The partners were looking forward to their mare foaling again to Sir Lincoln last year but the newborn colt died within 20 minutes before the vet could even get there.
Chester was devastated.
“It’s the first foal I’ve ever lost.’’
The team will wait until the new breeding season before deciding what’s best for their mare.
But with a live foal guarantee, free return service, and the little matter of a smart filly named Lady Cherokee winning willy-nilly, it’s odds on there’ll be another Sir Lincoln foal in the pipeline next year.
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Sir Lincoln Top 10
Did you know…
1. CUP DAY BIRTH: It was preordained Sir Lincoln would be a headliner when he was born just hours before the 2006 New Zealand Trotting Cup at Addington. Three years later to the day, and almost the hour, he annihilated his rivals on the same course in the Sires’ Stakes Final.
2. AGE NO BARRIER: In his second last race start, at the age of six, Sir Lincoln paced the fastest 1700 metres in New Zealand history, 2:00.5, beating Gold Ace and clocking a mile rate of 1:54 at Alexandra Park. Champion pacer Elsu held the previous record at 2:01.1.
3. ON THREE LEGS: Sir Lincoln ran his last race virtually on three legs, when second to Terror To Love in an Interdominion heat at Auckland. He had to be pulled out of the Melbourne series, and retired, when found to have a subluxated pastern joint - basically his ankle joint was dislocated.
4. SWIFT GOLDEN MILE: Sir Lincoln’s fastest mile was recorded in the 2012 Group III Golden Mile at Menangle in Sydney when he was nosed out by Captain Joy in 1:51.4. He was known by the name Lincoln Royal in Australia.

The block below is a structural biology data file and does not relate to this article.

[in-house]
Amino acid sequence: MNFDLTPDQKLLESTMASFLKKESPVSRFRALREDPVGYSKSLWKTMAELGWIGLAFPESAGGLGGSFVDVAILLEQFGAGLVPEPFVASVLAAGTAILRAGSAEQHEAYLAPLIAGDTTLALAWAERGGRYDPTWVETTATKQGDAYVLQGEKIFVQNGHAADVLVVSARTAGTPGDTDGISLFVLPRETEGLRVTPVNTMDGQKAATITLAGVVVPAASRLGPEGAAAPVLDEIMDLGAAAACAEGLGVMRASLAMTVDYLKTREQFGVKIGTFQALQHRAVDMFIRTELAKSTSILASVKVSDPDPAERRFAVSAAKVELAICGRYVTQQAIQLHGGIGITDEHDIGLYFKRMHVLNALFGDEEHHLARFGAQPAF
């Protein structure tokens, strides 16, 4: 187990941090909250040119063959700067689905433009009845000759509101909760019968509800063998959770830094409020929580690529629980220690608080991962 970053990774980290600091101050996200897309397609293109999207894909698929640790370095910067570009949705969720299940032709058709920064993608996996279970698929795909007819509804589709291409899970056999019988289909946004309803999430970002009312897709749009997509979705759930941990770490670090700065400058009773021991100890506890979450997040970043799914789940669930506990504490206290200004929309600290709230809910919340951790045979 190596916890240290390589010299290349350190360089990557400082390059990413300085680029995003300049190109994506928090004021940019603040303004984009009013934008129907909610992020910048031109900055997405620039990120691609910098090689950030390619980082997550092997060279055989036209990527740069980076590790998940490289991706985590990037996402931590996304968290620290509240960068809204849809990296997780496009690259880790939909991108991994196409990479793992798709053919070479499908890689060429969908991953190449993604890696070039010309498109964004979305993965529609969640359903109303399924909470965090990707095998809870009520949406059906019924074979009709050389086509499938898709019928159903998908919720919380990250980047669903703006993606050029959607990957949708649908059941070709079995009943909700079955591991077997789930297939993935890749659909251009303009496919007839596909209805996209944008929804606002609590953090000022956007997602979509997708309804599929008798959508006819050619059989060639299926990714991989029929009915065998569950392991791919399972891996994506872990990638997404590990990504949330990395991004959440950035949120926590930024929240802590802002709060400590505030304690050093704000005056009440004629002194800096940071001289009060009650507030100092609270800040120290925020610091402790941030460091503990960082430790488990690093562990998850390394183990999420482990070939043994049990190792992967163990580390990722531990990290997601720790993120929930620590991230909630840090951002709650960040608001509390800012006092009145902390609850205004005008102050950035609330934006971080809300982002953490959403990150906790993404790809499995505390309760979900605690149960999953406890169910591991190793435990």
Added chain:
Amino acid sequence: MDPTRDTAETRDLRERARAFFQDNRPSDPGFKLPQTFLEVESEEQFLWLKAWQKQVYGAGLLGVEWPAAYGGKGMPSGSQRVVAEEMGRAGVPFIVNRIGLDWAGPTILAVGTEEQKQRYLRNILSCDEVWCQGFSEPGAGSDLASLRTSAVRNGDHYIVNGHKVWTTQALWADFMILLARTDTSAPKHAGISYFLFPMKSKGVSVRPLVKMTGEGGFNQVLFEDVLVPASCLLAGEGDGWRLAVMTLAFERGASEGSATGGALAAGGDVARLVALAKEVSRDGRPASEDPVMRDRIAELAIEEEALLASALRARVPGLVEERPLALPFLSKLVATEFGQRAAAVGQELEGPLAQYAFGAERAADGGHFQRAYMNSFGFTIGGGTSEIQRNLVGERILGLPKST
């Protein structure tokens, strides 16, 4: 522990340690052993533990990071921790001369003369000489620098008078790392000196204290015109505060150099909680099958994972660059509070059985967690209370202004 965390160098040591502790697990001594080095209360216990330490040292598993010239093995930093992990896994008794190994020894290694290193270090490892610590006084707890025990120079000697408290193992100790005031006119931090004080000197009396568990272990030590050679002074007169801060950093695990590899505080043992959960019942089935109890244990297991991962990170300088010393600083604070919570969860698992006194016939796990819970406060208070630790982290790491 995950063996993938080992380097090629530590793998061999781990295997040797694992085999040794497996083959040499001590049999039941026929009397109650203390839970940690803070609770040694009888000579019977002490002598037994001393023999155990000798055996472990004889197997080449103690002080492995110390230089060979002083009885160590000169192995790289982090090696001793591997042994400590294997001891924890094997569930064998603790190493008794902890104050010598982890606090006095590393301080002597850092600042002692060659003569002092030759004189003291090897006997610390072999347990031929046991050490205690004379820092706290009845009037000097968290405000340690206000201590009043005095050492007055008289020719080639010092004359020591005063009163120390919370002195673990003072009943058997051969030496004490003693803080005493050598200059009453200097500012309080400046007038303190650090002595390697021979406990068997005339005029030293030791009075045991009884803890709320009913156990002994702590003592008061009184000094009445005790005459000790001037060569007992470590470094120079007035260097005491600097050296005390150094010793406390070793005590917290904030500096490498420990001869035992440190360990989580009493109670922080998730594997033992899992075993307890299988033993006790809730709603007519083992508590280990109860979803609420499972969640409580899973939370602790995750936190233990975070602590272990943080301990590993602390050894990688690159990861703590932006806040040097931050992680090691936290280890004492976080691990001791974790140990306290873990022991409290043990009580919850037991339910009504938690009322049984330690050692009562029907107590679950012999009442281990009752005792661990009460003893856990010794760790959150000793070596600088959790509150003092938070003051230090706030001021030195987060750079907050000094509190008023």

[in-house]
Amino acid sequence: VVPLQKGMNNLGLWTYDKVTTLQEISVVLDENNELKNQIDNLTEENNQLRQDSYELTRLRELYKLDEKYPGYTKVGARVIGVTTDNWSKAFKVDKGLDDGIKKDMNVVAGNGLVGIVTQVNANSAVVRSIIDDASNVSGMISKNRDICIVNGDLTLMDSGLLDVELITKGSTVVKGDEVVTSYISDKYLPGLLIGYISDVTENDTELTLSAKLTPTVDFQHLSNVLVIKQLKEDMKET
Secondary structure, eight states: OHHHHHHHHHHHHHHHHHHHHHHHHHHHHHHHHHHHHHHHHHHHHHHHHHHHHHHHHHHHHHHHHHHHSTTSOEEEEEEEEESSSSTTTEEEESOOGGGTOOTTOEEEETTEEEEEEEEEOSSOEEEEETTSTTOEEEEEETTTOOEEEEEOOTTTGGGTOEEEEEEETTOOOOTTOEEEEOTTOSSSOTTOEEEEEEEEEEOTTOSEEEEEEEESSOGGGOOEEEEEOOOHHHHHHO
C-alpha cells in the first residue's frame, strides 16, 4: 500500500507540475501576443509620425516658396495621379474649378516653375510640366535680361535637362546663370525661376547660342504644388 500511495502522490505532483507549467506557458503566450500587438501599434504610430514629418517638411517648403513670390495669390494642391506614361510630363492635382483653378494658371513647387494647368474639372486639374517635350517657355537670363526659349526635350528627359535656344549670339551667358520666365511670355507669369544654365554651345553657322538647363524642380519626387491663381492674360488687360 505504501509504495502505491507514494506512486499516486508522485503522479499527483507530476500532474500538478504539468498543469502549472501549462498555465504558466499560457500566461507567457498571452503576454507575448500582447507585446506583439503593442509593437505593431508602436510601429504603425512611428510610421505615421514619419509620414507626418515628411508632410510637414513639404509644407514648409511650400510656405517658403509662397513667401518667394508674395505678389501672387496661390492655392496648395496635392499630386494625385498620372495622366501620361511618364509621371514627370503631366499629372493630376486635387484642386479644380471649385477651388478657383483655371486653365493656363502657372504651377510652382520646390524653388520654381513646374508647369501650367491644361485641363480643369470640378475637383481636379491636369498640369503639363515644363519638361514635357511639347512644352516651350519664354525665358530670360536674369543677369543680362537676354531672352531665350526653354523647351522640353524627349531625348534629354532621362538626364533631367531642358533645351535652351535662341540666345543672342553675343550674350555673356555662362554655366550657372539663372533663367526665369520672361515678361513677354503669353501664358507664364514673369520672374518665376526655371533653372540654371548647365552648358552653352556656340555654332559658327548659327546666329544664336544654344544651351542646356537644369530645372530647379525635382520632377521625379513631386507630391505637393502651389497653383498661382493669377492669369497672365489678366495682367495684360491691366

5. AT THE REINS: One for the trivia fans - how many drivers did Sir Lincoln have in his 57-start career? Maurice McKendry was Linc’s pilot throughout his career but he was MIA four times when the horse was handled by James Stormont, Ken Barron and Blake Fitzpatrick (twice).
6. WINNERS KEEP COMING: In only his third season with runners on the track, Sir Lincoln has already sired the winners of 30 races despite having limited numbers to represent him. Last season in New Zealand alone he had 16 winners from only 39 starters and this term he already has six winners from just 18 starters.
7. SOMEBEACH SOME RAP: Breeding buffs made a beeline for Sir Lincoln after superstar racehorse and stallion Somebeachsomewhere had to be put down with cancer. Sir Lincoln is 7/8th bred on the same cross as Somebeachsomewhere - by Mach Three out of a Beach Towel mare who is in turn out of a Cam Fella mare.
8. DISCOUNT FOR LOYALTY: Broodmare owners are returning to Sir Lincoln in droves. Taken by the attractive foals he is leaving, many book straight back to the Alabar-based sire and take advantage of Lincoln Farms’ loyalty scheme which cuts his service fee in half to just $1250 plus GST.
9. TIME BEST FRIEND: Sir Lincoln’s progeny are mirroring the sire’s own start on the racetrack, benefitting from a little time to mature. The best the horse himself could manage as a two-year-old was one third from four starts but he was a different animal at three, winning four of his first five starts.
10. MEGASTAR’S FREAK DEATH: A freak accident claimed the life of valuable broodmare Lincoln’s Megastar, a full sister to Sir Lincoln. The mare, who opened her career with a nine and a half length walloping at Auckland, was retired after six wins, but left only one foal. She was killed when crushed by a fallen tree in a violent storm. Woodlands Stud has another full sister in two-year-old Moonlighting who is in training with Ray Green.